Artist: The Gloom In the Corner
Album: Flesh and Bones – EP
Many artists—well, one could argue all artists—use their music to tell a story. For many, it’s a means of telling their story. For others, it’s a means of telling stories they’ve witnessed—stories involving them but not belonging to them. For others still, music is a means of recanting history, revisiting years and eons forgotten. You don’t need me to tell you this, but music is a lot of things to a lot of people—its reasonable to argue its one of the few things left that yield a unique experience from individual to individual anymore. And while many artists employ one of the above methods to assist their message in making an impact, few use multiple, and of the ones that do, few do it quite so well as The Gloom in the Corner. Intelligent yet immolating, these Australian metalcore marauders have spent their critically acclaimed discography building a character and a narrative that, on one hand, tells its own unique and immersive tale, but on another hand reflects personal trials and tribulations, imparting a relatable, catchy and ruthlessly heavy impression that makes The Gloom in the Corner’s Flesh and Bones one of the more interesting releases to rise from the nu-metal-infused metalcore circuit in recent history.
The Gloom in the Corner—while a band that stays very true to their concept—is constantly evolving musically. Whereas their first release was wildly experimental (in many ways, good, but in many ways not-so-good), their follow-up release was a much “safer” collection of songs. Flesh and Bones once more sees the outfit stray from clearly-demarcated genre boundaries in an effort to make something simultaneously emotional and eviscerating. Flesh and Bones is home to jarring, explosive percussion—especially on “Survivor’s Guilt” and “Bleed You Out”—that sets the tone for the record’s heavier moments. Those cuts in particular see The Gloom in the Corner at their heaviest yet, with uproarious bass that lends an extra heft to each thudding smack of the kick drum. Meanwhile, songs like “D.I.M.A.” are much more varied in natured, as beautiful as they are bold and bustling. Here, the percussion plays a much more structural role, while guitars oscillate back and forth with atmosphere to create something catchy and mesmerizing. In this way, the band move back and forth, straying across genre lines. “Misanthropic” is a rabble-rousing nu-metal banger, no questions asked—with several segments sounding eerily similar to a Speaker of the Dead era Emmure. Other songs—“D.I.M.A.,” and more—are balanced and beautiful in their nature. Then, there are songs like “Bleed You Out,” which does just that—disembowel the listener with heaviness that comes clean out of left field.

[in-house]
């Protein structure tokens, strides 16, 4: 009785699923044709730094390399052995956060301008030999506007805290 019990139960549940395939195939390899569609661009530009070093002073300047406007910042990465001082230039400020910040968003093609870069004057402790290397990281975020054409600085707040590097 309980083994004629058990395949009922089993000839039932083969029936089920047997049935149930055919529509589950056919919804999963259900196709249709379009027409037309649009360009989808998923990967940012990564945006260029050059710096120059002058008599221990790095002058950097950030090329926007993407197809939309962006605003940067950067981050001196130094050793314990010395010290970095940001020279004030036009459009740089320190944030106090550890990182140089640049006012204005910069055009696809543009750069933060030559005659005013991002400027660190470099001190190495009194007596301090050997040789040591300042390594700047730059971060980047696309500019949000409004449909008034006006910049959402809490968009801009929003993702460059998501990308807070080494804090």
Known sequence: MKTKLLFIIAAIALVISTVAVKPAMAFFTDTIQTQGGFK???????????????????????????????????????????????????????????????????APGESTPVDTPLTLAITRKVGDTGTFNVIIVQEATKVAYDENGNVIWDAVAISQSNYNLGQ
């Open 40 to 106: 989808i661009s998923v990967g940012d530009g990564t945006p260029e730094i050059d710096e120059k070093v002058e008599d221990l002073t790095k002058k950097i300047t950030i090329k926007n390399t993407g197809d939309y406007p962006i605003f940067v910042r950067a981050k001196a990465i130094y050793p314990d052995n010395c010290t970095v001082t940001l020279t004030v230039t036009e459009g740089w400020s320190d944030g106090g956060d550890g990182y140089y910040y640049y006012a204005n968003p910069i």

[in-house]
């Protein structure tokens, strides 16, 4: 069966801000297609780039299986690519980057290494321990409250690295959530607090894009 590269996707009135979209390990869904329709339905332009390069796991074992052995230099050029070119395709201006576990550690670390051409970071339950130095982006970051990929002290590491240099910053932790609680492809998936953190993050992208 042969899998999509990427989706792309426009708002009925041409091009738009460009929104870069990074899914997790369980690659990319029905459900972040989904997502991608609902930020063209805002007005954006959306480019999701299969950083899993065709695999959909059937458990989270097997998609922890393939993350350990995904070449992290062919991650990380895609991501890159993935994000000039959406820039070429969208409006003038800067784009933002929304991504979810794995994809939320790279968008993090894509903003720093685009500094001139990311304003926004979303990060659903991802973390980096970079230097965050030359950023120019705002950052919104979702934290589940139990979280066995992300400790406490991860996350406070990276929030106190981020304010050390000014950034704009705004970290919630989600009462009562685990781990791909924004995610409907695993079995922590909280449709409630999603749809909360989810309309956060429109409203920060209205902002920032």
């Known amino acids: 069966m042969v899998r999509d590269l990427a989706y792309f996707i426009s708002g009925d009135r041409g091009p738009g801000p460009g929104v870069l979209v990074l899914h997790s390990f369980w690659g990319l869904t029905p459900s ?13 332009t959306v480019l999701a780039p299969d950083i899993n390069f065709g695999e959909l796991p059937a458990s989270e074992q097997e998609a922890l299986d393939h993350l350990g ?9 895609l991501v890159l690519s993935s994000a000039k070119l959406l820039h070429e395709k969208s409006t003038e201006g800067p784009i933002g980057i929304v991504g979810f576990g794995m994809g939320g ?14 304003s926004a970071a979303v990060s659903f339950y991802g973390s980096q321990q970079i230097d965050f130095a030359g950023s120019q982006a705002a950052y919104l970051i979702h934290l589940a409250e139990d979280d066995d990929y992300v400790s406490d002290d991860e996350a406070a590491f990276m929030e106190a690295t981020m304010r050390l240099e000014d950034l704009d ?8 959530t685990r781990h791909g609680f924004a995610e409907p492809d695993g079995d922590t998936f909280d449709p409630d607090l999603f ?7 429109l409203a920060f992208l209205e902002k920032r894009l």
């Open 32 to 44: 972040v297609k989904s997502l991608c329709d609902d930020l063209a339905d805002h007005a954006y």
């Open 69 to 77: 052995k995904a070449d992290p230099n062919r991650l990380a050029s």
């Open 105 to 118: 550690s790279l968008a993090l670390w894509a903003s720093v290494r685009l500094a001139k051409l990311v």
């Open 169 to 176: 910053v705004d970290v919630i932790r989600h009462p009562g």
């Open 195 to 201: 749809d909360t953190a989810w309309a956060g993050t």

Just as Flesh and Bones is an instrumental dynamo, the band’s vocal and lyrical element is the finest they’ve yet to release. Mikey Arthur—the voice of The Gloom in the Corner’s protagonist—has once more outdone himself on Flesh and Bones. While it isn’t my place to lend detail into the story (for those of you invested in Gloom’s narrative), it should suffice to say that the group have remained true to the timeline instigated upon their debut, adding more depth, flair and character to the story’s players than ever before. This can be seen in their music video accompanying the announcement of Flesh and Bones just as readily as it can in the release itself, but to truly appreciate the lyrical whimsy that defines the release, it has to be heard and experienced as a whole. Arthur’s vocals, however, are another (albeit similar) story. His range and endurance—not to mention intensity—has evolved immensely, such that by the time “Misanthropic” is through, it’s hard to even tell it’s the same frontman. This trend of shock and awe continues throughout the record, as even with several astounding guest performances, Arthur’s voice still dominates, making good on the promises of potential hinted at on Homecoming.
Whether you’re an avid fan of The Gloom in the Corner’s storyline or you’re just along for the grooves and breakdowns, you will absolutely love Flesh and Bones. Blending nu metal with metalcore, hardcore, post-hardcore and more, this Australian outfit are fresh, catchy and furious—all while crafting not just a single release, but several to an overarching storyline; something not often done in heavy music (or at all) these days. In short, make it a point to experience Flesh and Bones, as there is little doubt in my mind you’ll be hearing echoes of it in the release of The Gloom in the Corner’s peers in the years to come.
For Fans Of: Weeping Wound, Dealer, VCTMS
By: Connor Welsh